Today’s final half day of the General Session of the MASI Annual Conference at the Beau Rivage in Biloxi was another varied line up of three speakers. Although the exhibit hall was largely empty, the conference room was full and at attention for these last sessions before official adjournment. The first two sessions, from 9 AM until 11 AM, were the most significant for the world of workers’ compensation.
Starting the morning off was Dr. B. Heath Gordon, a neuropsychologist with the VA Medical Center in Jackson. His presentation focused on cognitive decline as the baby boomer generation (generally understood as those individuals born between 1946 and 1964) ages while still in the workforce. Dr. Gordon’s detailed discussion, though technical, managed to bridge the gap in the audience between those who practice and encounter medicine frequently and those who do not often do so. And his own multidisciplinary field seemed especially suited to this task.
In an exploration of workplace duties and difficulties in “older” people (for purposes of discussion in the American context this was set at 65 and older) Dr. Gordon delineated what the differences are between normal and abnormal cognitive aging. In particular, he emphasized the importance of baselines and how ordinary individuals rarely assess their own cognitive abilities and thus, are fearful when they have memory challenges later in life. He gave a personal example that seemed especially poignant, explaining, “Sometimes I’ll park my truck somewhere and forget where I parked it…now, it stands to reason that if I’m doing that now I’ll still be doing that later in life.” The point of the scenario being that those individuals who already struggle with occasional minor lapses in memory in their youth and middle age will likely do so in their old age, but the narrative of dementia dictates fear. Instead, Dr. Gorgon gave a systematic and reasonable picture of normal aging which includes a variety of cognitive difficulties.
The main takeaway appeared to be the assessment of daily functioning: when cognitive issues begin to affect one’s daily life and attract the notice of others, it’s time to get evaluated. Dr. Gordon was also at pains to challenge typical notions of “older” workers, and explained age bias as a very real obstacle for people who choose to keep working with normal cognitive aging. He also provided several interesting examples of patients who presented symptoms of dementia but in fact were suffering from complications due to other illnesses such as severe urinary tract infections, undisclosed head trauma or depression. Ultimately, Dr. Gordon seemed especially to concern himself with preparedness for the upcoming challenges of the aging workforce, and urged employers to make adjustments for their valuable older employees, whose experience, he added will retire with them without proper arrangements.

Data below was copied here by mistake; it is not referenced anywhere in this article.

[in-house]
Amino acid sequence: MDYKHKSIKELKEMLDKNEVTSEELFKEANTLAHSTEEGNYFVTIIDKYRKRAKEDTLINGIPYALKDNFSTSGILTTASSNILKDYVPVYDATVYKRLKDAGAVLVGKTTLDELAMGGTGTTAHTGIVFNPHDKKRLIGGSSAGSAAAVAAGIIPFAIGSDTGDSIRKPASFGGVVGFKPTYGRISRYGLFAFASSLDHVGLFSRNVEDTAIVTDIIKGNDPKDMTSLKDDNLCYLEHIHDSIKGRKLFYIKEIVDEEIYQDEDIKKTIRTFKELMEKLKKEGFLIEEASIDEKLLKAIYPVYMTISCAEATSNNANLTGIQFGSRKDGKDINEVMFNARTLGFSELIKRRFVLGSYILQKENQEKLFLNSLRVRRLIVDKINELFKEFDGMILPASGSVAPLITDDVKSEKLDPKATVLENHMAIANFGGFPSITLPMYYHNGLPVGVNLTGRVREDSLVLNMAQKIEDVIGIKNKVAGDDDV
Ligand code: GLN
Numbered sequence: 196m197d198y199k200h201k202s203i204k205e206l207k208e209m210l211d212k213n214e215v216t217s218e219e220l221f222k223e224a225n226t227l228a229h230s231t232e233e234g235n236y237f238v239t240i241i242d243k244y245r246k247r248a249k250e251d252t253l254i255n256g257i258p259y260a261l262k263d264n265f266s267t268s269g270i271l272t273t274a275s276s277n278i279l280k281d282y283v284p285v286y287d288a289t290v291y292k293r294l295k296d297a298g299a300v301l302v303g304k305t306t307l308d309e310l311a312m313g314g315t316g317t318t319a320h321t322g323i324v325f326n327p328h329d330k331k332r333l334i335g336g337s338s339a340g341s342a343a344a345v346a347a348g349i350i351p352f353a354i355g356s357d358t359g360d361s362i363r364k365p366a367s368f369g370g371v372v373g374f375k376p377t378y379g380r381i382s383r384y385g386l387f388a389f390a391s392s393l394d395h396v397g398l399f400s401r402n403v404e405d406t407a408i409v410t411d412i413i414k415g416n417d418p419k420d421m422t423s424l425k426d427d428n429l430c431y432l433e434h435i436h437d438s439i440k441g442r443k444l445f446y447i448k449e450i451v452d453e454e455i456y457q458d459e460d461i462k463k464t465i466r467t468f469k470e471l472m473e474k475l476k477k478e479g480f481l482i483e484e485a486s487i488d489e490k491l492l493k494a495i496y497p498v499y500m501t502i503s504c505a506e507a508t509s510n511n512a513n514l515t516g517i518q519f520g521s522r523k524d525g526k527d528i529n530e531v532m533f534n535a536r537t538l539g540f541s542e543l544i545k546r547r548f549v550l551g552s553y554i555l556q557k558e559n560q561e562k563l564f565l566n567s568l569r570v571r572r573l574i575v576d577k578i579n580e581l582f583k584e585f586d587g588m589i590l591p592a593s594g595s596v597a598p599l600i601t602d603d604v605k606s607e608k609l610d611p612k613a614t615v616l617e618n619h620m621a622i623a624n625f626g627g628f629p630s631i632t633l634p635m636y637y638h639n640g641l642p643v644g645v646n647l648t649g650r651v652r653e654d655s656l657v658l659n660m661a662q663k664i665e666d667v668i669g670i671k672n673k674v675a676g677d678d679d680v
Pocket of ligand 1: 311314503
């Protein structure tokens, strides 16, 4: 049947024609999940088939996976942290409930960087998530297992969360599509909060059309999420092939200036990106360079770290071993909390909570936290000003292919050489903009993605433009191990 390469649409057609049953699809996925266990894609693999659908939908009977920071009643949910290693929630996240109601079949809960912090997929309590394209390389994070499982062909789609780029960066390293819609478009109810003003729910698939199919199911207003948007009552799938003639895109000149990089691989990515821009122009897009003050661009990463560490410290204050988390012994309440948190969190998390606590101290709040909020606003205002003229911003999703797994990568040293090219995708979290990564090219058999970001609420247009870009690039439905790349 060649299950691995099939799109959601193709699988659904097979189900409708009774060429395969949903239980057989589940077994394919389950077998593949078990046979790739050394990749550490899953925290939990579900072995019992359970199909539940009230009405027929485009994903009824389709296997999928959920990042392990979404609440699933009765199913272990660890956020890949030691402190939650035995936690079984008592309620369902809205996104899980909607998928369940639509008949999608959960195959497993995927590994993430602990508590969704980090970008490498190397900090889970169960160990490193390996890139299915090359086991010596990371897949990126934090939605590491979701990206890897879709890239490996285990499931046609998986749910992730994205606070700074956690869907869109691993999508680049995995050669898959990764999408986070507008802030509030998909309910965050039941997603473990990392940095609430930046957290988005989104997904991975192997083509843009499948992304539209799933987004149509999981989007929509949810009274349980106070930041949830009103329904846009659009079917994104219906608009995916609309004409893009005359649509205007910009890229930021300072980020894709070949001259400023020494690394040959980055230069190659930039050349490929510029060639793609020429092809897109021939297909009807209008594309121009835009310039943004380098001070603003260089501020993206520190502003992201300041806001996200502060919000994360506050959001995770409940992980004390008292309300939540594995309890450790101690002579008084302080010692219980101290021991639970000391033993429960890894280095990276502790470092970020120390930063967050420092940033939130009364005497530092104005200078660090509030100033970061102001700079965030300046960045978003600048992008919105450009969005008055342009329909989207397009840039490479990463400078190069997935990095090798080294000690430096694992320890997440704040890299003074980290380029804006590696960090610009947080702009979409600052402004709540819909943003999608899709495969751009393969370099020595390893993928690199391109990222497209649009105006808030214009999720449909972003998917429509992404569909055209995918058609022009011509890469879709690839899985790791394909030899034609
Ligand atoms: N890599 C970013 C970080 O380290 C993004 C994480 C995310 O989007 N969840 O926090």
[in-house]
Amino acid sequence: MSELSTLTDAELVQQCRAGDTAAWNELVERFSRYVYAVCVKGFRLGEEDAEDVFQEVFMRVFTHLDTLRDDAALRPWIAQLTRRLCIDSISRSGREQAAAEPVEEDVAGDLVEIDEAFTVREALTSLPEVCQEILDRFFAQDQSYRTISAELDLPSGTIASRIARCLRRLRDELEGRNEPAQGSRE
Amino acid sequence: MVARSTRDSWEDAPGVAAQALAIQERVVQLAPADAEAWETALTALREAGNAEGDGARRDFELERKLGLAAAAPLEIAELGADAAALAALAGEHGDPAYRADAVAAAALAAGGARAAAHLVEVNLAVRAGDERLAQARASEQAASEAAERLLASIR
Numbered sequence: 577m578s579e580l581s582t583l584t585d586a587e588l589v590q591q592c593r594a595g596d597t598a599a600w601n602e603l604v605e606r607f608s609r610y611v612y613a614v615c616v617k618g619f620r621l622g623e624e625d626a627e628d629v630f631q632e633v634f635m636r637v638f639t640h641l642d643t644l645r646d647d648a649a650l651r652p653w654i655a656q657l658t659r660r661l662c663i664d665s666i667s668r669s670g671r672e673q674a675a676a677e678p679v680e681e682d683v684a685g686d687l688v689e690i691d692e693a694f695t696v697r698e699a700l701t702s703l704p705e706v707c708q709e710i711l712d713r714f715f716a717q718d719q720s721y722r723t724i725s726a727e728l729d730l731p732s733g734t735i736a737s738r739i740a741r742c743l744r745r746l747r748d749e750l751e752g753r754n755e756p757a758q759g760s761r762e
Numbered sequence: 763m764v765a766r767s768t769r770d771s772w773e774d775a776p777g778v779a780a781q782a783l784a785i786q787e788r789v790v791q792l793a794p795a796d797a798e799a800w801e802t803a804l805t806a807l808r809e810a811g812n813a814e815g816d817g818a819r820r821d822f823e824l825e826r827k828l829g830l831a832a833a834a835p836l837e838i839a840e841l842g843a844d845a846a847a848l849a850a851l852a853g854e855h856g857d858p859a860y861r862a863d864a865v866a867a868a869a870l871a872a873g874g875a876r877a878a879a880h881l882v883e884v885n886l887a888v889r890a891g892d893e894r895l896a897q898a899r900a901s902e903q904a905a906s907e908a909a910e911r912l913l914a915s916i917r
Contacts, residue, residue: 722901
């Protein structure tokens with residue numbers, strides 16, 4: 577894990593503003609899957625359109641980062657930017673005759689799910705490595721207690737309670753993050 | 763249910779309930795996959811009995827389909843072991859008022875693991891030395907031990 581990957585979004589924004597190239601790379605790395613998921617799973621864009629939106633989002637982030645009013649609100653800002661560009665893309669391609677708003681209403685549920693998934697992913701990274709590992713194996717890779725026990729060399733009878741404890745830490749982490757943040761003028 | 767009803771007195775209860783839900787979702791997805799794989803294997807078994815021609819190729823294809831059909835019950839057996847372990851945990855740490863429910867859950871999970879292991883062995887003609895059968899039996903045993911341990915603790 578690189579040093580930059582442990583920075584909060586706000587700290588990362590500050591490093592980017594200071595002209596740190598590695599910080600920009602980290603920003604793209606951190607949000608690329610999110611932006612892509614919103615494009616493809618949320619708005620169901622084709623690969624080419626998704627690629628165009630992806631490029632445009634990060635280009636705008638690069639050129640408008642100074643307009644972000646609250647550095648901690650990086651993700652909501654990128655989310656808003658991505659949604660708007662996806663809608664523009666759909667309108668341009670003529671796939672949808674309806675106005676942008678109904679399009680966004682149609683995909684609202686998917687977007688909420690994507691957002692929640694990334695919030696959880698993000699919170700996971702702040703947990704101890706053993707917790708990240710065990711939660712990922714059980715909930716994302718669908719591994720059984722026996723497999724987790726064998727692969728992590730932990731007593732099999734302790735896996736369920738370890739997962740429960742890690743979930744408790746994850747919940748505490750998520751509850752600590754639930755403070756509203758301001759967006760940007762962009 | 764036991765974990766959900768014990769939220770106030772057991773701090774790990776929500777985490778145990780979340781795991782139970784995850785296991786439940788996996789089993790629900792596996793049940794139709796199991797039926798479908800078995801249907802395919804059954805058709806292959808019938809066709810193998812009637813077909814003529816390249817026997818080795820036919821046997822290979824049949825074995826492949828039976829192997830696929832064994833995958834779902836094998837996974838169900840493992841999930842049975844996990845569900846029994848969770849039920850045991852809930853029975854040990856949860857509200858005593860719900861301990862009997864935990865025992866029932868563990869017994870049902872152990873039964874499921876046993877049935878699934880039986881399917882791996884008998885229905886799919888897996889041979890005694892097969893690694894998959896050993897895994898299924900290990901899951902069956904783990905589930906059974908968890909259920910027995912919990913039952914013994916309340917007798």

Immediately following Dr. Gordon’s well-received talk was Dr. Moriarity’s discussion of cervical radiculopathy, a major issue in the treatment and expense of workers’ comp claims both in Mississippi and here in Louisiana. Once again, though the presentation was technical in nature, Dr. Moriarity (a surgeon with NewSouth NeuroSpine and graduate of Stanford undergrad and med) did an excellent job of explaining the practical aspects of anatomy and function. His presentation, particularly the part which focused on and explained diagnostic procedures, provided much in the way of clarity for the carrier side of the equation. He explained how MRI can be inadequate and why repeat diagnostic tests must be performed in order to make the important final determinations as to whether or not a patient is a candidate for surgery. In terms of this anatomical detective work, Dr. Moriarity repeatedly made a rather profound statement that, “Surgery is a structural solution to a structural problem.” In other words, a neurosurgeon may be able to identify and substantiate the claimant’s complaints of pain and identify what the anatomical source of that pain likely is, however, if the detailed and varied imaging does not reveal a significant structural problem, surgery is very unlikely to help that patient. To further emphasize this point, Dr. Moriarity explained, “Even with low risk surgeries, where that incision is really small and there’s not a lot of risk overall, because that patient is unlikely to get any better afterward, that risk is infinite in comparison.” Further, he revealed some of his diagnostic methods to the audience and eventually said that, though it may be difficult for the patient in pain to understand, the decision to have surgery, at the first level of analysis, needs to be the surgeon’s; again, because of the structural dynamic.
Despite the smaller last day crowd, the final hours of the MASI conference were yet again an informative joy, especially from a workers’ comp perspective, simply because of the level of detail and the caliber of information. As the attendees filed out of the Beau Rivage, you could already here tittering about next year’s conference. As for now though, I believe MASI can call number seventeen a success.